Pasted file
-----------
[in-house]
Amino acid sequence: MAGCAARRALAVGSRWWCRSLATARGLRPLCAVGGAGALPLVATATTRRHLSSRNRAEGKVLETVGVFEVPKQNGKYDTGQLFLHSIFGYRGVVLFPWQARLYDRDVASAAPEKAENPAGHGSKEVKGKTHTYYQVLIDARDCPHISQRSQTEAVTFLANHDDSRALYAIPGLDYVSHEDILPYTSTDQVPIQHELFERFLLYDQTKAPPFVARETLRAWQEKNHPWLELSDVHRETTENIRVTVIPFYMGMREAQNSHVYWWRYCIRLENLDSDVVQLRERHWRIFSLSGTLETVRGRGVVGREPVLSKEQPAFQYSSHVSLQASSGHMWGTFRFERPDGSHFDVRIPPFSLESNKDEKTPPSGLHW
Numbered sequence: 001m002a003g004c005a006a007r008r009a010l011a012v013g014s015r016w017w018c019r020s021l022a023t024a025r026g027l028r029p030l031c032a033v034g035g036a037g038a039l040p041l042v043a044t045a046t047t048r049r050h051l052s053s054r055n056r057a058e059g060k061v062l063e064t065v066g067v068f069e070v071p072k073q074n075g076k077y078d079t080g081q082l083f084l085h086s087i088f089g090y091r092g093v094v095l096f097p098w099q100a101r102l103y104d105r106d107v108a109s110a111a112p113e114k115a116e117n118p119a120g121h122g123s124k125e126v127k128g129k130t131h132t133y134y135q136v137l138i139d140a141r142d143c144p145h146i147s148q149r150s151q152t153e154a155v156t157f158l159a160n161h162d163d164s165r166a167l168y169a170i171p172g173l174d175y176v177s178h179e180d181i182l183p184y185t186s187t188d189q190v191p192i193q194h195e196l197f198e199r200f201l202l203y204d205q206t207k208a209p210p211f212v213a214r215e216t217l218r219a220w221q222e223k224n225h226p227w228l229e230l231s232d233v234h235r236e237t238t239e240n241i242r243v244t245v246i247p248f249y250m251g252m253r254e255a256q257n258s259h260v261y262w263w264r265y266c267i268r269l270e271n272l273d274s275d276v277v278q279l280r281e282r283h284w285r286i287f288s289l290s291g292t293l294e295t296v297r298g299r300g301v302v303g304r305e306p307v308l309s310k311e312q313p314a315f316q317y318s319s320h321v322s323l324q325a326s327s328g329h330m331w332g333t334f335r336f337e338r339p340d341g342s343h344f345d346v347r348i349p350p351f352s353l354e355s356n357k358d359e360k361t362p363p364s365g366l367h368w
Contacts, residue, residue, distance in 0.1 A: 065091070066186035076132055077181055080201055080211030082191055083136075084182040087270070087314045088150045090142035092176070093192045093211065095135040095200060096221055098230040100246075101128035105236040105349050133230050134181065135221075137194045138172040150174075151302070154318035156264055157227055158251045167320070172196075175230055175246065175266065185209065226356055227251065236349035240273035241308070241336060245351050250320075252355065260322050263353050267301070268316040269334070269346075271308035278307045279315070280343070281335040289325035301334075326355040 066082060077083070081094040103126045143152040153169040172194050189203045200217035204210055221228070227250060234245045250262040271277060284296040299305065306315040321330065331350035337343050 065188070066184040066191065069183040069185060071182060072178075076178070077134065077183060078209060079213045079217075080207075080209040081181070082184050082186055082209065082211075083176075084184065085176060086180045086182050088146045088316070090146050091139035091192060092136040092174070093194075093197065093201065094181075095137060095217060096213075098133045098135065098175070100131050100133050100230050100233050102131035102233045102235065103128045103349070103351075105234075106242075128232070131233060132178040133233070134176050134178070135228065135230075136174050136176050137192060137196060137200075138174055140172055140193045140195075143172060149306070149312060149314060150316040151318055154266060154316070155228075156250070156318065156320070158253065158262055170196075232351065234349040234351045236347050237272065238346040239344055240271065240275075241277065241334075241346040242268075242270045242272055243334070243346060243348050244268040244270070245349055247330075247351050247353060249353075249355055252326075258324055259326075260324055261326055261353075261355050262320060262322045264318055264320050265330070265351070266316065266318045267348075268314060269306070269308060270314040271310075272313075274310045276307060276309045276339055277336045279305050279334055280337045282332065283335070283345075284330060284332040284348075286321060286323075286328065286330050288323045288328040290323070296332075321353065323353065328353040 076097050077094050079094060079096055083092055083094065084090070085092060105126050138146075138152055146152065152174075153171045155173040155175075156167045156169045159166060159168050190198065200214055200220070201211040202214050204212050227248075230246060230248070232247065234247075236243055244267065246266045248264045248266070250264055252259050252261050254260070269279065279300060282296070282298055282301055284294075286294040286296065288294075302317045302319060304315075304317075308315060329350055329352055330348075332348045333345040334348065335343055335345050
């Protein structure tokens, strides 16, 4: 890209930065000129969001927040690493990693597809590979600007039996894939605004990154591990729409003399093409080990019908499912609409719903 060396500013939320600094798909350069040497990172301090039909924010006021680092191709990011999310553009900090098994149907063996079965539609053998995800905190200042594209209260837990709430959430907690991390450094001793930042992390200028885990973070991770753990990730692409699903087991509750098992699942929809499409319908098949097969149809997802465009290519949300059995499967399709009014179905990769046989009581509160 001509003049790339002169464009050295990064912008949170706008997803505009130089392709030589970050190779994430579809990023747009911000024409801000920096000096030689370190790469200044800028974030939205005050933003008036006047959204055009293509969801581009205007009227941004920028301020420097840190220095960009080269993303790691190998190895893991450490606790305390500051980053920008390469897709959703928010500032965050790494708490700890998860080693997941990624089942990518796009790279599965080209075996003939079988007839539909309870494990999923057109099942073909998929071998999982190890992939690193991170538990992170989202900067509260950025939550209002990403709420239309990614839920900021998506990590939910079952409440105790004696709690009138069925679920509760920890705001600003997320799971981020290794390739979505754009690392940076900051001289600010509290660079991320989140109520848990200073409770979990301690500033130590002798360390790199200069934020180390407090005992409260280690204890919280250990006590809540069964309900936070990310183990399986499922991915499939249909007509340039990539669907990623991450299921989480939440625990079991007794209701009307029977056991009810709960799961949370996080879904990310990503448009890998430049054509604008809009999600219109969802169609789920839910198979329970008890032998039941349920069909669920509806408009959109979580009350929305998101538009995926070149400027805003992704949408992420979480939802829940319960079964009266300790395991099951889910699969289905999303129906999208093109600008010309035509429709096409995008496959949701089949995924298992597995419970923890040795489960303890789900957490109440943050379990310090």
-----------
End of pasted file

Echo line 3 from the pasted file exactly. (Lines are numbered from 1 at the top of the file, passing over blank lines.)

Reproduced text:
Numbered sequence: 001m002a003g004c005a006a007r008r009a010l011a012v013g014s015r016w017w018c019r020s021l022a023t024a025r026g027l028r029p030l031c032a033v034g035g036a037g038a039l040p041l042v043a044t045a046t047t048r049r050h051l052s053s054r055n056r057a058e059g060k061v062l063e064t065v066g067v068f069e070v071p072k073q074n075g076k077y078d079t080g081q082l083f084l085h086s087i088f089g090y091r092g093v094v095l096f097p098w099q100a101r102l103y104d105r106d107v108a109s110a111a112p113e114k115a116e117n118p119a120g121h122g123s124k125e126v127k128g129k130t131h132t133y134y135q136v137l138i139d140a141r142d143c144p145h146i147s148q149r150s151q152t153e154a155v156t157f158l159a160n161h162d163d164s165r166a167l168y169a170i171p172g173l174d175y176v177s178h179e180d181i182l183p184y185t186s187t188d189q190v191p192i193q194h195e196l197f198e199r200f201l202l203y204d205q206t207k208a209p210p211f212v213a214r215e216t217l218r219a220w221q222e223k224n225h226p227w228l229e230l231s232d233v234h235r236e237t238t239e240n241i242r243v244t245v246i247p248f249y250m251g252m253r254e255a256q257n258s259h260v261y262w263w264r265y266c267i268r269l270e271n272l273d274s275d276v277v278q279l280r281e282r283h284w285r286i287f288s289l290s291g292t293l294e295t296v297r298g299r300g301v302v303g304r305e306p307v308l309s310k311e312q313p314a315f316q317y318s319s320h321v322s323l324q325a326s327s328g329h330m331w332g333t334f335r336f337e338r339p340d341g342s343h344f345d346v347r348i349p350p351f352s353l354e355s356n357k358d359e360k361t362p363p364s365g366l367h368w